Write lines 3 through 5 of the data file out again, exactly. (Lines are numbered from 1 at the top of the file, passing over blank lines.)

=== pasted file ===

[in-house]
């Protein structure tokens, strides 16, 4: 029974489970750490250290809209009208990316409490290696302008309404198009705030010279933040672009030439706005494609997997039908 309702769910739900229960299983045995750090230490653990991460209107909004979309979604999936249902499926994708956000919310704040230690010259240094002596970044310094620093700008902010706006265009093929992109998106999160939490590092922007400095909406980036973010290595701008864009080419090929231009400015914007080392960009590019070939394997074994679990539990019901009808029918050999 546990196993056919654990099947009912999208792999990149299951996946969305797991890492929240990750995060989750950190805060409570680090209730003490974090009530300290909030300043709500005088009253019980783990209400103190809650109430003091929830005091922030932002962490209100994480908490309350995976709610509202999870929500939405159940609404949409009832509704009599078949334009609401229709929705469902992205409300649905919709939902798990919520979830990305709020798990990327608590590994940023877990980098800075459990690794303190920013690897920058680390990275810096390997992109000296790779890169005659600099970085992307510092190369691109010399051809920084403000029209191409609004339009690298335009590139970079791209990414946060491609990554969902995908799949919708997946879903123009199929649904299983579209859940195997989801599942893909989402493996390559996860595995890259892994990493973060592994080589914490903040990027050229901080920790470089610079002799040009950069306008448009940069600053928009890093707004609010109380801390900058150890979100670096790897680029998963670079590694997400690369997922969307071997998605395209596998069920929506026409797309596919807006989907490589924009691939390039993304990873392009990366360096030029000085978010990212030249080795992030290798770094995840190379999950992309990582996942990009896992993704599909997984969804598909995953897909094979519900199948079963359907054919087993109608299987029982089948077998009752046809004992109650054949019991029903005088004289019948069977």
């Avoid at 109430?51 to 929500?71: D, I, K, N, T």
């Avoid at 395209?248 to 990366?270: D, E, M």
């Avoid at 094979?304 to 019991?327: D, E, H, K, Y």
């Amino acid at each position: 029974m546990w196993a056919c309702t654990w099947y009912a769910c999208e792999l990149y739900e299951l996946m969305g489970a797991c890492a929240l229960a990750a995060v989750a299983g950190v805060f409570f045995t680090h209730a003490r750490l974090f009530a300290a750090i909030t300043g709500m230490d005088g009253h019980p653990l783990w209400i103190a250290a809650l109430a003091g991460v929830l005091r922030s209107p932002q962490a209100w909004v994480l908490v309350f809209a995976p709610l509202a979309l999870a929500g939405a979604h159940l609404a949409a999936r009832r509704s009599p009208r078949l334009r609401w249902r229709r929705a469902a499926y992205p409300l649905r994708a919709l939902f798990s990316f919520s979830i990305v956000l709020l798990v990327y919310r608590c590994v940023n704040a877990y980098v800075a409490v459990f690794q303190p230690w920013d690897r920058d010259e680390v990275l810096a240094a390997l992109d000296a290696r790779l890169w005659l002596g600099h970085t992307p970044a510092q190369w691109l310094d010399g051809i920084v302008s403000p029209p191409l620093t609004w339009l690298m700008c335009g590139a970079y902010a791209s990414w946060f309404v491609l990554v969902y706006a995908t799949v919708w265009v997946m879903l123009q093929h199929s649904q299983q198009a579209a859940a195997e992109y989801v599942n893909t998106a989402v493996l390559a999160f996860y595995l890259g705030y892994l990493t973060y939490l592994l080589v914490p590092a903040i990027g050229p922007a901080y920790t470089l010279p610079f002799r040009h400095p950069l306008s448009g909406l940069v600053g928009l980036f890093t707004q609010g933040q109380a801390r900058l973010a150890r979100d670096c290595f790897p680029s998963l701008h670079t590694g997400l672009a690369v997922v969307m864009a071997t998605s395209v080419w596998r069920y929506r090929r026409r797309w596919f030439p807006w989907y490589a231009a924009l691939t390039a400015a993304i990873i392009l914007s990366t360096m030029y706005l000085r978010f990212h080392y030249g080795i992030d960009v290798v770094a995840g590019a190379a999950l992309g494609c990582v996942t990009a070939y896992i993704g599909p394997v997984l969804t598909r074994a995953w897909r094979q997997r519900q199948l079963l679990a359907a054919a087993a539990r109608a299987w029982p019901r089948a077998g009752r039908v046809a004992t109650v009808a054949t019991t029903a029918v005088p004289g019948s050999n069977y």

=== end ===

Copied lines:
């Avoid at 109430?51 to 929500?71: D, I, K, N, T």
């Avoid at 395209?248 to 990366?270: D, E, M």
């Avoid at 094979?304 to 019991?327: D, E, H, K, Y």